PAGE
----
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Report Slams V.A. Doctor For Dismissing Suicide Risk of Patient Who Later Killed Himself

2020-07-28 16:22:30
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WASHINGTON — The internal watchdog for the Department of Veterans Affairs said Tuesday that a veteran who came through the department’s medical center in Washington last year seeking psychiatric treatment died by suicide a few days later, after a doctor there ordered him forcibly removed and was heard saying that she did “not care” if he killed himself.

The report, which details many failings at a center that has been the subject of repeated criticism, comes a few weeks after Robert L. Wilkie, the secretary of veterans affairs, told a conservative media outlet that “President Trump is the first president since the 1890s who recognized the scourge of veteran suicide.”

The number of veterans who die by suicide is roughly 20 a day, about one and a half times more often than those who have not served in the military.

But even as the department struggles to lower those numbers, the case at the Washington D.C. V.A. Medical Center last year appears egregious. A patient in his 60s, who had a long history of panic attacks, pain killer addiction and various injuries came into the hospital’s emergency room.

He described pain from drug withdrawal and insomnia, and asked to be admitted for detoxification. An outpatient psychiatrist assessed him as being at “moderate risk for suicide” and recommended he be admitted. He was sent back to the emergency room.

Later, a consulting psychiatry resident, who said the patient could be served in outpatient care, recommended he be discharged and sent home, but the patient refused to leave, according to the inspector general report.

Police from the department were called to escort him out, and at least three hospital staff members said they heard the doctor say that veterans “can go shoot themselves. I do not care.”

The man died six days later from a self-inflicted gunshot wound.

The inspector general report found many missteps in the patient’s care, including communications breakdowns between staff members, and that the “Emergency Department and consulting psychiatry staff failed to complete required suicide prevention planning prior to the patient’s discharge.”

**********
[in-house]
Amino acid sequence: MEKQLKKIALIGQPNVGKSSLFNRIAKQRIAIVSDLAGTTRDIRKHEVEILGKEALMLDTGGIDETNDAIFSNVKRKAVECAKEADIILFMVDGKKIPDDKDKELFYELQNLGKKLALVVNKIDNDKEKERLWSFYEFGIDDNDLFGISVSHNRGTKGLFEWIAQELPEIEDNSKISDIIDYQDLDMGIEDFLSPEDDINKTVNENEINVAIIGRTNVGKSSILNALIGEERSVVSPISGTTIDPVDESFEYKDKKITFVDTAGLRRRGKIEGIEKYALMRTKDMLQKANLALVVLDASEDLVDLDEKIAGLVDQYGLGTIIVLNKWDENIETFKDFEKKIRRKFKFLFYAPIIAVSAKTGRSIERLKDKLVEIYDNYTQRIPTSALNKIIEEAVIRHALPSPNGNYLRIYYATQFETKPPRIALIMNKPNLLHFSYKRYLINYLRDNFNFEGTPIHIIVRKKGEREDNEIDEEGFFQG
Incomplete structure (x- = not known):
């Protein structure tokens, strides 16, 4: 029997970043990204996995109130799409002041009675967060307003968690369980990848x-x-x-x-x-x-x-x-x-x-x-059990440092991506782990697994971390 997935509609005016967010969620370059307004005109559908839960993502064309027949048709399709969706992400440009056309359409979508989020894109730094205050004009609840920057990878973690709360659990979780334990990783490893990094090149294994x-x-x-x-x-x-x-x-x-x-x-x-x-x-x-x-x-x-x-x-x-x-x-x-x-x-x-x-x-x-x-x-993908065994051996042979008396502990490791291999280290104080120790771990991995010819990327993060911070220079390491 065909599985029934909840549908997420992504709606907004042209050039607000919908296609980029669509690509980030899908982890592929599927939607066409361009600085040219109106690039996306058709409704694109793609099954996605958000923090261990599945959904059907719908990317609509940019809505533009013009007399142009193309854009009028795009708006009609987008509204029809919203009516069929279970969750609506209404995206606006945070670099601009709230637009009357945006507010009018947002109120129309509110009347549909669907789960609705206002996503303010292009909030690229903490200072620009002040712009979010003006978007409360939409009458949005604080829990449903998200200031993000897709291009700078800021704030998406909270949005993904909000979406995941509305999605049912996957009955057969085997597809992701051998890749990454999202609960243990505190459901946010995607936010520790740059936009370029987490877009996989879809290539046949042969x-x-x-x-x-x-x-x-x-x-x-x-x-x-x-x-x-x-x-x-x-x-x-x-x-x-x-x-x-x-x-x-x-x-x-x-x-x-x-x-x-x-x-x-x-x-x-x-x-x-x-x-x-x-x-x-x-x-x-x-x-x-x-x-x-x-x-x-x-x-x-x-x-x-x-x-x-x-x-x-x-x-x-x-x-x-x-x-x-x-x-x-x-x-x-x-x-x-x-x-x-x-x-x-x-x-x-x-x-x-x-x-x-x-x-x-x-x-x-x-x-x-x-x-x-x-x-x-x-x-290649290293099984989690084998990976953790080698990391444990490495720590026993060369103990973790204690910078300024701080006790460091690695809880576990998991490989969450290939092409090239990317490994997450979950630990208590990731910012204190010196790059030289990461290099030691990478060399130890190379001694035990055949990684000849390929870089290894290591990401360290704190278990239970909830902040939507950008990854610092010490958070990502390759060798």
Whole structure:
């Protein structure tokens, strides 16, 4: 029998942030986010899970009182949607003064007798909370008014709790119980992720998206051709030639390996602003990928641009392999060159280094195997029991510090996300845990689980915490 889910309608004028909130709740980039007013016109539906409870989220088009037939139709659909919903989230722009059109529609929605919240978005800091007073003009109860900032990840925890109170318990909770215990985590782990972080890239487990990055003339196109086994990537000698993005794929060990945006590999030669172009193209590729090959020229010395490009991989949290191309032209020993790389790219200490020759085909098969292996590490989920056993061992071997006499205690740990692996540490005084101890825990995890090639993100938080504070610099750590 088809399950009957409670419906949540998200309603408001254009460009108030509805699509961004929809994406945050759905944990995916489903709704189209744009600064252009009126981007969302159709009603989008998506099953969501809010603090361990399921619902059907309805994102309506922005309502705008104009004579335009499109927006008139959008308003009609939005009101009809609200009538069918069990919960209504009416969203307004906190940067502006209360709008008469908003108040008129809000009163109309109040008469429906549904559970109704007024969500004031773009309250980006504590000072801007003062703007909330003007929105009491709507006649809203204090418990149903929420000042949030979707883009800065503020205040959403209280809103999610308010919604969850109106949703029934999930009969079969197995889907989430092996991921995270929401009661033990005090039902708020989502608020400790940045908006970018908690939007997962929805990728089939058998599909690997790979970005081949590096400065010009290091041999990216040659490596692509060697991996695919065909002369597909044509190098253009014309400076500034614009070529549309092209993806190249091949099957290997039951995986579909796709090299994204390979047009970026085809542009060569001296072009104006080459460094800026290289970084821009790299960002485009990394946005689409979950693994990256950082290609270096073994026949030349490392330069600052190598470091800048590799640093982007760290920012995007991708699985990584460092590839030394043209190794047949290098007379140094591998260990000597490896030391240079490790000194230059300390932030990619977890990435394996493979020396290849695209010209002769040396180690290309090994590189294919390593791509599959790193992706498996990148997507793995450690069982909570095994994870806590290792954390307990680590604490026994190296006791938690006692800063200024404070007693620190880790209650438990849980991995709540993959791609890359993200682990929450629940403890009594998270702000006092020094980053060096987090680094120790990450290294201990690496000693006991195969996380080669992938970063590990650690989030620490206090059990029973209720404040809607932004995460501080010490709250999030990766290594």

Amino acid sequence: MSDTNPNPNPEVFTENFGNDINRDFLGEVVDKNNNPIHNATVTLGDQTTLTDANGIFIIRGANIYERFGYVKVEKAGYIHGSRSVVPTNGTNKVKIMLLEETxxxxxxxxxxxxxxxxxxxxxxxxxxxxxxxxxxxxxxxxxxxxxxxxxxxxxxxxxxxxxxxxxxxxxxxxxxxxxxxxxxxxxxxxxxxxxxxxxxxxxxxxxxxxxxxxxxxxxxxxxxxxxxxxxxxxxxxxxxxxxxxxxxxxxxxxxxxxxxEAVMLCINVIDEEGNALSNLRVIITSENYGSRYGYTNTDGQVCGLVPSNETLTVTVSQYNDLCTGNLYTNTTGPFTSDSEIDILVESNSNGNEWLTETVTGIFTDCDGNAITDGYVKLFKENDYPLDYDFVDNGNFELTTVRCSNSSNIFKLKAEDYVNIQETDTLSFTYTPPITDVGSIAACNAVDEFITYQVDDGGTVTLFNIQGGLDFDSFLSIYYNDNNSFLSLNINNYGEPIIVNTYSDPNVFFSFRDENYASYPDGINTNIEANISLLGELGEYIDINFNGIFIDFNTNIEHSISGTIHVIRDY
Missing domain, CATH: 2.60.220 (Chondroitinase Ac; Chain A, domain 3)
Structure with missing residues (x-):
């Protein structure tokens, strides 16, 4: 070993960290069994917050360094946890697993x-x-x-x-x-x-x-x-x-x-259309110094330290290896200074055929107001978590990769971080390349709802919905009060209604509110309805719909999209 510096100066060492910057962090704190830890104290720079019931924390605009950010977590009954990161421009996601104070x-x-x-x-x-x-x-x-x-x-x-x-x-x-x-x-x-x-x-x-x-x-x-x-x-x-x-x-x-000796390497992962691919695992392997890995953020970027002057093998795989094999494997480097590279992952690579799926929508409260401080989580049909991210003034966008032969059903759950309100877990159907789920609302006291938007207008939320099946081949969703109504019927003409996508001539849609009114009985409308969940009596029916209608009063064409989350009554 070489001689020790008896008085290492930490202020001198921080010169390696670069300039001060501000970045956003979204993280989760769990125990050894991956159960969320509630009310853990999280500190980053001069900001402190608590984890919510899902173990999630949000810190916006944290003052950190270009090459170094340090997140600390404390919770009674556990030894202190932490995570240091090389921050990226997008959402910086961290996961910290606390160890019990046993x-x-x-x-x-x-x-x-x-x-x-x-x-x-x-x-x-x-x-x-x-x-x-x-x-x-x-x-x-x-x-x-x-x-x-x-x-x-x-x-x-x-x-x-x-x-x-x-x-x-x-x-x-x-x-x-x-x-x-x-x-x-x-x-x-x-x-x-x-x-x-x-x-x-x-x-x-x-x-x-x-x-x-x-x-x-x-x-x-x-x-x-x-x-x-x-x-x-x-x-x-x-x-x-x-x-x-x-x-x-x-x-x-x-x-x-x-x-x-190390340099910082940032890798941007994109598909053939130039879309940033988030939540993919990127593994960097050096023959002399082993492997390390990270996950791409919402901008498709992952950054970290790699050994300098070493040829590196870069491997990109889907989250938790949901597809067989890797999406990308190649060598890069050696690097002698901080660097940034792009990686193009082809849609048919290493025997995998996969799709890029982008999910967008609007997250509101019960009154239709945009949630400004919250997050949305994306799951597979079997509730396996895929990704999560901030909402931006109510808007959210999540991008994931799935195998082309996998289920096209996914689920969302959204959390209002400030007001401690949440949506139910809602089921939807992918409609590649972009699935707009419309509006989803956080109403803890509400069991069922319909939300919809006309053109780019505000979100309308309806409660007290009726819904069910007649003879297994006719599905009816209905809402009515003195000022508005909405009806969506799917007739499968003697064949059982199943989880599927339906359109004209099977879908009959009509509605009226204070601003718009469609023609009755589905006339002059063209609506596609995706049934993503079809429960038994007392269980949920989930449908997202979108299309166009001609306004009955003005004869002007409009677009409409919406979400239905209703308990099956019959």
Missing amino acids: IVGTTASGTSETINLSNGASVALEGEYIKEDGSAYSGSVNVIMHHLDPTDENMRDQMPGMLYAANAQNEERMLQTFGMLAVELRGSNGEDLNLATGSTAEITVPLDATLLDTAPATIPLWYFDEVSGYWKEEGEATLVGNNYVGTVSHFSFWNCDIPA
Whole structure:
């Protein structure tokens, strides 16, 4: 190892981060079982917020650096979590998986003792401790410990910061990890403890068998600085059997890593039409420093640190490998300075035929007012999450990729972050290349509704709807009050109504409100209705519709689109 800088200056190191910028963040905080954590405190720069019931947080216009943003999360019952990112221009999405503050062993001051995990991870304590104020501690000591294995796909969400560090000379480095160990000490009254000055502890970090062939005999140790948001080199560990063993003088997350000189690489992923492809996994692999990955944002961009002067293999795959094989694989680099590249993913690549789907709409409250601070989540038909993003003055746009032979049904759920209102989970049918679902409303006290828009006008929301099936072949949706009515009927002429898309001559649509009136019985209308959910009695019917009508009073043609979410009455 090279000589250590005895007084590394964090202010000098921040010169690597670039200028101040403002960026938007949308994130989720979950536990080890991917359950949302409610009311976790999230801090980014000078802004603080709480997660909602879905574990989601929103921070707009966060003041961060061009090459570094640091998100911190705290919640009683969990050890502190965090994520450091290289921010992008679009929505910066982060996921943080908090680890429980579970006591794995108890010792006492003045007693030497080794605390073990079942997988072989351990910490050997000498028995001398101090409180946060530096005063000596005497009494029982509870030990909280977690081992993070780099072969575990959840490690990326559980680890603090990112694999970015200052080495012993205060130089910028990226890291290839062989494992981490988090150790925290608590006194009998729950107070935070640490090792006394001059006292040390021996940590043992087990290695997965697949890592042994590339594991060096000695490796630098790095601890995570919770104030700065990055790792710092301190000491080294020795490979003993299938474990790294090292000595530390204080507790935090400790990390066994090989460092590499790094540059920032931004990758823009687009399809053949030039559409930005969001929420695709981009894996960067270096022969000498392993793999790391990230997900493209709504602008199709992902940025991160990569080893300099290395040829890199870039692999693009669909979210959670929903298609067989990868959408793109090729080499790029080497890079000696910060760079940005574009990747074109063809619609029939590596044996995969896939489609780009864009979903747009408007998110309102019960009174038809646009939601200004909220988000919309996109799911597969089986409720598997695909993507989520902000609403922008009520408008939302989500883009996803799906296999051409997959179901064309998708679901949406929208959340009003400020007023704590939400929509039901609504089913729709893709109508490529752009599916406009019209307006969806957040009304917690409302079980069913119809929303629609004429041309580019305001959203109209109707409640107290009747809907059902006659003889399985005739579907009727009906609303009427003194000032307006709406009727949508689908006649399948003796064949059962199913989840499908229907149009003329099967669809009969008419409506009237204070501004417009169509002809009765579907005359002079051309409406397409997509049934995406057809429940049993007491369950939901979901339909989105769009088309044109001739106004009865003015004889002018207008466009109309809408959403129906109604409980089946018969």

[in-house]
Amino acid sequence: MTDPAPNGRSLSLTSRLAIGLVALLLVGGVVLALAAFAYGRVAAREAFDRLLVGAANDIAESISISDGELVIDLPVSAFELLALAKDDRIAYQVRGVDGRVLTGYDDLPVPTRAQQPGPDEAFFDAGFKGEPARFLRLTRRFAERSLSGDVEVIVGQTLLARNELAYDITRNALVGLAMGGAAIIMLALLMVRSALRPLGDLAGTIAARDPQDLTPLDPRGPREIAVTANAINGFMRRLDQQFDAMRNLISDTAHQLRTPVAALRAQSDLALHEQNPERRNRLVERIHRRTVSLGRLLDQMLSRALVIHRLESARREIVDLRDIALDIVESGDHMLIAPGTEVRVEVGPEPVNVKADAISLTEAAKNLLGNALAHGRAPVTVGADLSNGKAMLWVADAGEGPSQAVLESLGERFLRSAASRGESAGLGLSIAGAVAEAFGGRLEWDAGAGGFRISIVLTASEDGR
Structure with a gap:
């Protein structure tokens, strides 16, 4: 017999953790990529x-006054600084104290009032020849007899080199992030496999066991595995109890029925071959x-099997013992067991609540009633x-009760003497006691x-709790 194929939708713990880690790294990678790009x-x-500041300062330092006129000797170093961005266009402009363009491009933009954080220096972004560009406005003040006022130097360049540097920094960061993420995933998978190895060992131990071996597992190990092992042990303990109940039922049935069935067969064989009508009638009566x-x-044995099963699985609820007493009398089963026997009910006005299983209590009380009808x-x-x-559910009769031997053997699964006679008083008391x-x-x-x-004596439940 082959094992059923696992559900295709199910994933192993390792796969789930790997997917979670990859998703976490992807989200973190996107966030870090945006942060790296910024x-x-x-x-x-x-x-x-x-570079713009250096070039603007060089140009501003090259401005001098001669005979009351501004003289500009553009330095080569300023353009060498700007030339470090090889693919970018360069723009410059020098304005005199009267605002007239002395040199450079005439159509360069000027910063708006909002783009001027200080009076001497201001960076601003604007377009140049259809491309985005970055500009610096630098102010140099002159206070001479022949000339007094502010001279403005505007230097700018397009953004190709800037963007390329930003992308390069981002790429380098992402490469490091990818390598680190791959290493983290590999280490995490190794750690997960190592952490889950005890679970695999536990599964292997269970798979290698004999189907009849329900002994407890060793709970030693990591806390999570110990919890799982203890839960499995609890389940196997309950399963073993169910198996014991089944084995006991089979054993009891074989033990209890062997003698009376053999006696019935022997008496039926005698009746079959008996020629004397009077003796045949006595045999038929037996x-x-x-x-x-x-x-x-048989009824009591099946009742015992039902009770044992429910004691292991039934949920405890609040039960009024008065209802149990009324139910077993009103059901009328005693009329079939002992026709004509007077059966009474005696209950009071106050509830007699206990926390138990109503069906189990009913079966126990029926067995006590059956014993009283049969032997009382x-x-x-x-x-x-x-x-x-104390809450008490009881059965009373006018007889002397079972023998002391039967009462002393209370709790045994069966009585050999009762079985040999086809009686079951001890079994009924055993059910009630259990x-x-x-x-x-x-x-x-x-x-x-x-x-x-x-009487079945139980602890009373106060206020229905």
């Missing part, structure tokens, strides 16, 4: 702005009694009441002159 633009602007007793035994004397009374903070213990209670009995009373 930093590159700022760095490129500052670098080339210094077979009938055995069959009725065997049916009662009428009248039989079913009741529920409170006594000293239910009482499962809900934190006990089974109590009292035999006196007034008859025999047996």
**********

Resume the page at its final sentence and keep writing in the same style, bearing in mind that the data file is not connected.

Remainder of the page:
“Emergency Department staff’s failure to manage this patient’s care, according to Veteran Health Administration suicide prevention policies, contributed to an inadequate assessment of suicide risk,” the report stated.

According to the report, the actions “could also be considered misconduct according to V.A. policy and patient abuse according to facility policy.”

The doctor, who was not named in the report, worked at the veterans center through a contact with the George Washington University Hospital, an arrangement that is common across veterans medical care. The report faults the center for not moving to immediately discipline or remove the doctor, who “had a history of verbal misconduct.”

The hospital in the nation’s capital has come under fire before from Michael J. Missal, the veterans’ department inspector general.

In 2018, he cited poor management and other factors, which included a lack of medical supplies, less-than-sterile conditions and chronic understaffing. Last year, a senior policy adviser on female veterans issues on Capitol Hill said she was assaulted at the center in Washington by a man who slammed his body against hers and then pressed himself against her in the center’s cafe. That incident remains the subject of investigation by Mr. Missal’s office.

Since the suicide, officials at the hospital told the inspector general they have “instituted a comprehensive educational program for clinical staff working in the Emergency Room to ensure staff’s understanding of the Veterans Health Administration’s local policies surrounding suicide prevention.”

The doctor was removed several months after the incident.

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